Particularly strong demand for gold jewellery, a big jump in Q4 consumption in India and a continuing high level of Central Bank purchases offset a decline in investment during Q4 2012.
LONDON (MINEWEB) – Even the World Gold Council seems a little surprised by its latest gold demand figures for the October to December quarter, showing that Indian gold take-up has been particularly strong with Q4 gold demand rising by a huge 41.2% year on year, thus keeping India ahead of China as the world’s biggest gold consumer. China had been widely expected to surpass India this year, but according to the WGC figures lagged India by 88 tonnes over the full year.
The rise in Indian gold consumption over the quarter though may well not be repeated as it is thought that much of the increase was due to purchases being accelerated ahead of the onset of rises in gold import duty. Overall India consumed 864 tonnes of gold during the year, around 20% of global gold production.
However Indian statistics may well be difficult to analyse as the government tries to curb imports through duty hikes – the more the taxes take effect the more likely that smuggling of gold into the country will increase. Indeed there have been reports that gold smuggling into the country, primarily from the Middle East, has risen very sharply indeed – see Gold smuggling soars in India.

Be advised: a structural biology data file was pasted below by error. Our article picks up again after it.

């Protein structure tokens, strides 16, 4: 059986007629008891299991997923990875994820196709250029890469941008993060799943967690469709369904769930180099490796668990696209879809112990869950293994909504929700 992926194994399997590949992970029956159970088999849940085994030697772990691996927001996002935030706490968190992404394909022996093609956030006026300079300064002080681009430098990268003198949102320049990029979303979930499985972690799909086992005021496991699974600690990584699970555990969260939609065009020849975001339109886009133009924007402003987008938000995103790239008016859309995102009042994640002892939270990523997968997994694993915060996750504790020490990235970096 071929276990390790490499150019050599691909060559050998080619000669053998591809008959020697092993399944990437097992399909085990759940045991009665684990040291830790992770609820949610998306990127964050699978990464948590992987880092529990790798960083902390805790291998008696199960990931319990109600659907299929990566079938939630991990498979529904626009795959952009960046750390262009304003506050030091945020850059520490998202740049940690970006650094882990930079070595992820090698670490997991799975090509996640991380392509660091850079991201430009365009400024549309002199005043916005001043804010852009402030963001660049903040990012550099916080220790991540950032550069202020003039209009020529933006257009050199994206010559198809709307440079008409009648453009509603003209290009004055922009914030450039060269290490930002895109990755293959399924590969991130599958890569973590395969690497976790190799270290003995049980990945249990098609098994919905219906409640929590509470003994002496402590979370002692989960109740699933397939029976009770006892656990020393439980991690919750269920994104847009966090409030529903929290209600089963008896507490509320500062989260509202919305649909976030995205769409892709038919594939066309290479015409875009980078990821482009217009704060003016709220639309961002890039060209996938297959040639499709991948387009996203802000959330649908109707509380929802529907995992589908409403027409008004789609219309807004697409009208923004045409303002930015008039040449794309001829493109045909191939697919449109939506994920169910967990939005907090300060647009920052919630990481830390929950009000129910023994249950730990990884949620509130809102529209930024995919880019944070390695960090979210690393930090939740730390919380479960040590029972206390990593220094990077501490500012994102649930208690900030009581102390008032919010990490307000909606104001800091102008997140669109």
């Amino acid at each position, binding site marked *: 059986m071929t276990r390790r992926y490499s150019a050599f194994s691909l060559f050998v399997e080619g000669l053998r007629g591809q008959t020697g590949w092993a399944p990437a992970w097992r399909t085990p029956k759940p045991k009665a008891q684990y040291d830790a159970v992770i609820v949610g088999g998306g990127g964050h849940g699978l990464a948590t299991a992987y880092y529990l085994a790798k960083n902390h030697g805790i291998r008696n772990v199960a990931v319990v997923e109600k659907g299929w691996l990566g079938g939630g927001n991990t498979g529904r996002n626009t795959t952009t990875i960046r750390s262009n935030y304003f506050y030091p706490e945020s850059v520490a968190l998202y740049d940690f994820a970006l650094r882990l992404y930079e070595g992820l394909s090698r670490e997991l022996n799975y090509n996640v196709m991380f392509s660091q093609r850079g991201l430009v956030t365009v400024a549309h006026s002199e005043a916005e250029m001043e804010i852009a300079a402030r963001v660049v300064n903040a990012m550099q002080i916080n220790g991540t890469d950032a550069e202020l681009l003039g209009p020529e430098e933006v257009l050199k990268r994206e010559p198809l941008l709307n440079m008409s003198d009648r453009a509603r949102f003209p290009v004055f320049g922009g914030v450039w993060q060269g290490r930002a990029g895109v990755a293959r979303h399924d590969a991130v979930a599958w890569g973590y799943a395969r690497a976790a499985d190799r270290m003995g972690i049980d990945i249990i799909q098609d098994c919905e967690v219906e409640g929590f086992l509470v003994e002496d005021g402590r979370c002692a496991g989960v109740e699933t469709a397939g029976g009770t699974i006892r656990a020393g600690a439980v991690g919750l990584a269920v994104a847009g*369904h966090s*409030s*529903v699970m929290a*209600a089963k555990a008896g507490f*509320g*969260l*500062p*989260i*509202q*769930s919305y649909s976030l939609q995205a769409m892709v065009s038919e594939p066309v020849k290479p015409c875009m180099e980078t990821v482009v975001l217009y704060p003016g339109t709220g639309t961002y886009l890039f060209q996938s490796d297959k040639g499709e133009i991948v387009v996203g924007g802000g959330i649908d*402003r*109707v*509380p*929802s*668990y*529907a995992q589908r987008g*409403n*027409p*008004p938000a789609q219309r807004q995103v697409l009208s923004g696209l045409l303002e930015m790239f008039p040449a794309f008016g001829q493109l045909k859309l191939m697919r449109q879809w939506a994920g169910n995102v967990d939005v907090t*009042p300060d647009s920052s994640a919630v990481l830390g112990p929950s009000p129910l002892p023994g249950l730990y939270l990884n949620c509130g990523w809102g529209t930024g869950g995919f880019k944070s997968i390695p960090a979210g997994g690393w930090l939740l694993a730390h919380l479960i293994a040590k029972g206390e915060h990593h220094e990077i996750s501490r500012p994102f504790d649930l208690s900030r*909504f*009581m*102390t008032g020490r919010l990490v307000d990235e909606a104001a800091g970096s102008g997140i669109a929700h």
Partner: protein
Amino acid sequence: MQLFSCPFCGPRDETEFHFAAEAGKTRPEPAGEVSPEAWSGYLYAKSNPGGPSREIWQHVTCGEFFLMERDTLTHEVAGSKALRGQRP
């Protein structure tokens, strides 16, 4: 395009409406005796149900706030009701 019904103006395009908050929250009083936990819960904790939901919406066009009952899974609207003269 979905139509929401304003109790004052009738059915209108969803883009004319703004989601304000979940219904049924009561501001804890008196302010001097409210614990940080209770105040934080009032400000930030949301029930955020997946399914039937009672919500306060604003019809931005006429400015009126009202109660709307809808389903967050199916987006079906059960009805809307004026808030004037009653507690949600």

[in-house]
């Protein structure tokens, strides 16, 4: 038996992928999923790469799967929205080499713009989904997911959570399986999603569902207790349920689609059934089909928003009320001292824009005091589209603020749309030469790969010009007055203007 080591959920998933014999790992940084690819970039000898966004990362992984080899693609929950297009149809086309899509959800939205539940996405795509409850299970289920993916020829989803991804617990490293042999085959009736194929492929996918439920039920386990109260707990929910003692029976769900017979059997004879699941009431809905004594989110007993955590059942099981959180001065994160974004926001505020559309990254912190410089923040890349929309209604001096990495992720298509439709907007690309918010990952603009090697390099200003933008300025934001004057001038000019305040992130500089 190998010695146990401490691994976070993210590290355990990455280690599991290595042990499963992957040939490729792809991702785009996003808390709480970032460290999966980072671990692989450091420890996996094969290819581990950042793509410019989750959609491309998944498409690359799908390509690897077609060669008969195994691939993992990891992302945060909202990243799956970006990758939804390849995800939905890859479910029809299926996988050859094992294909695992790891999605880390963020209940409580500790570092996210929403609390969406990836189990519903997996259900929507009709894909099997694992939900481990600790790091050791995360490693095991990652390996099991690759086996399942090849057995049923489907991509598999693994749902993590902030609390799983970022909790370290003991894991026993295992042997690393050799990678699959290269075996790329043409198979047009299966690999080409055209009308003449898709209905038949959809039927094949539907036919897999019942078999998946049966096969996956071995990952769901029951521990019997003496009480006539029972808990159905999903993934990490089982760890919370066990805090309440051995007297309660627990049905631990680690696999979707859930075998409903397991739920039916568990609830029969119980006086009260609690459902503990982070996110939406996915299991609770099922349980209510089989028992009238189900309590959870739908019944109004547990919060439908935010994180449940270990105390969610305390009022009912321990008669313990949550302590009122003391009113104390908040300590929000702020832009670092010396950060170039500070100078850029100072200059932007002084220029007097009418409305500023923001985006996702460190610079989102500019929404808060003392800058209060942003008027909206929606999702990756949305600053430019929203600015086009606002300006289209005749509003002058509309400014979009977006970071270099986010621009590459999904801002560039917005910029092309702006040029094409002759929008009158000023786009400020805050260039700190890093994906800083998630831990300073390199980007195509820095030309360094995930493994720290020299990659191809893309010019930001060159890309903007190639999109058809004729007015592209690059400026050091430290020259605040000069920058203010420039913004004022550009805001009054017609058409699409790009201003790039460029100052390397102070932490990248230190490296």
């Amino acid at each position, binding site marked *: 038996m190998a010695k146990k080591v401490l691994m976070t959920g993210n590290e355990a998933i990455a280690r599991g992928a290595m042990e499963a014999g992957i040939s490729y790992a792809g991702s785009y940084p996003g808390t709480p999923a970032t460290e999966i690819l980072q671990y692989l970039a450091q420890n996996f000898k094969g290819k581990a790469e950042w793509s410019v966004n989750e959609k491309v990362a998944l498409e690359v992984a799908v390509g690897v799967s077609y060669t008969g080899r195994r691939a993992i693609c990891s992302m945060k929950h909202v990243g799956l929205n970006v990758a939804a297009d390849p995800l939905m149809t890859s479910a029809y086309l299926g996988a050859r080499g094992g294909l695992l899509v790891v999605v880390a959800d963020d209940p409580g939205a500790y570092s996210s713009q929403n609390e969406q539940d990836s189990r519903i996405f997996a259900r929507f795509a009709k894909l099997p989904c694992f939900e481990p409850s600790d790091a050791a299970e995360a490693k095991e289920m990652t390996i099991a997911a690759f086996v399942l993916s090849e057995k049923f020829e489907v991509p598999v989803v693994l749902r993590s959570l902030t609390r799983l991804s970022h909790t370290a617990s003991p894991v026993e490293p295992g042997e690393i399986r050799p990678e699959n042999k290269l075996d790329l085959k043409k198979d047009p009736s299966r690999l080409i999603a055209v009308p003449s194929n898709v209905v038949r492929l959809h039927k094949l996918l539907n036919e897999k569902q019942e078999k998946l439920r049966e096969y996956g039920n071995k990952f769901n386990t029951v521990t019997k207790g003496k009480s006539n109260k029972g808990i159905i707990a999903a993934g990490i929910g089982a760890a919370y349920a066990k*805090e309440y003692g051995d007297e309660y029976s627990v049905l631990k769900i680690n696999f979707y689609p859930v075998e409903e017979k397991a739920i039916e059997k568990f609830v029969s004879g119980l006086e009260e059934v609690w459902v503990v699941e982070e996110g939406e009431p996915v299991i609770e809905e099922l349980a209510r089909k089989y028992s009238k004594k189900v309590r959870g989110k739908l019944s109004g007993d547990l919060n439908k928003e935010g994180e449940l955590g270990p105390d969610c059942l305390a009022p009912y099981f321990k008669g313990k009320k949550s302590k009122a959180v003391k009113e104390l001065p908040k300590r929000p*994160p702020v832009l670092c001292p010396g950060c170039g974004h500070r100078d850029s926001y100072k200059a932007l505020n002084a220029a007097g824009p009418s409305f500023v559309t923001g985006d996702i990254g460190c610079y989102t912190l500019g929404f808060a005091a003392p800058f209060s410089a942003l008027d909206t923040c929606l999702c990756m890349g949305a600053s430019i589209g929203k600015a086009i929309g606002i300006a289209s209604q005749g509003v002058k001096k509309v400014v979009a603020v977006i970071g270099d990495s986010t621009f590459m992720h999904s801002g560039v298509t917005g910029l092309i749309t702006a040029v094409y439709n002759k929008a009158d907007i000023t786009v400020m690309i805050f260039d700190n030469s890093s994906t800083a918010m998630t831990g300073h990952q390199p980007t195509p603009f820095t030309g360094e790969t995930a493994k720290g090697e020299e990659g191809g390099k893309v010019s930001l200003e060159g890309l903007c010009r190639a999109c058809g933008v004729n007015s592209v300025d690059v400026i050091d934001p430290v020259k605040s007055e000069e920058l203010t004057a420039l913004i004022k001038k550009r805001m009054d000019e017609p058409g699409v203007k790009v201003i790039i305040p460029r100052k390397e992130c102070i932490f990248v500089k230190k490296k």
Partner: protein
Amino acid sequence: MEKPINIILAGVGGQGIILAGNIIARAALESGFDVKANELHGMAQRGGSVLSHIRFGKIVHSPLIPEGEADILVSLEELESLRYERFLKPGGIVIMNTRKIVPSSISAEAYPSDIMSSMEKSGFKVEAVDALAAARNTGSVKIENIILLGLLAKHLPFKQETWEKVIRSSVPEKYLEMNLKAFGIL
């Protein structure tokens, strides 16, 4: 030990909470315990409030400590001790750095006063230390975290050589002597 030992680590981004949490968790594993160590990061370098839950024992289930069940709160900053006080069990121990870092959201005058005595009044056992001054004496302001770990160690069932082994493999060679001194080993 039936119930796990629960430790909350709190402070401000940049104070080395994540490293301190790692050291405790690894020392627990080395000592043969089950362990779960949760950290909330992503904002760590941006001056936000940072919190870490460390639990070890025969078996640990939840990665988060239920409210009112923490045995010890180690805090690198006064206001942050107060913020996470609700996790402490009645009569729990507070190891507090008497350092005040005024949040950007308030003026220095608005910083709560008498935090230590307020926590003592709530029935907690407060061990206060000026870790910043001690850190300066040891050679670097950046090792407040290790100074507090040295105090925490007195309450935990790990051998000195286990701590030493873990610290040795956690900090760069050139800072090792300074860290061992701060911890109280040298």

While global Q4 gold demand was 3.8% higher than in the 2011 Q4 period, that for the year as a whole fell back 3.9% to 4,406 tonnes, although in value terms it increased to US$236.4 billion – which is an all time high.
Probably the most significant statistic in the latest Gold Demand trends report was the not unexpected one that Central Banks continued to buy gold during the quarter – accumulating an additional 145 tonnes making them net purchasers for the eighth quarter in a row. In total, central Banks purchased 535 tonnes of gold over the full year, the highest volume since 1964. To a great extent this signifies a continuing lack of confidence in the traditional reserve currencies – the dollar, the euro and the pound sterling, particularly amongst eastern nations.
This amount does not include any purchases made by China, but there is considerable informed speculation that China has indeed been buying gold but hiding it in an account from which it will only move the amounts purchased into its official figures when it sees the time as ripe to do this – something it has indeed done in the past. The WGC anticipates that Central Bank buying will continue this year, driven by emerging market economies.
Other key findings from the report are as follows:
Apparent Chinese demand was flat year-on–year, reflecting the impact of economic slowdown. However looking at Q4, total demand was up 1% on the previous quarter to 202.5 tonnes. Jewellery demand was 137.0t up 1% on Q4 2011 and investment demand was 65.5t, up 2% on the previous year. These increases may reflect the fact that the economic slowdown in China appears to have been shorter than expected notes the WGC.
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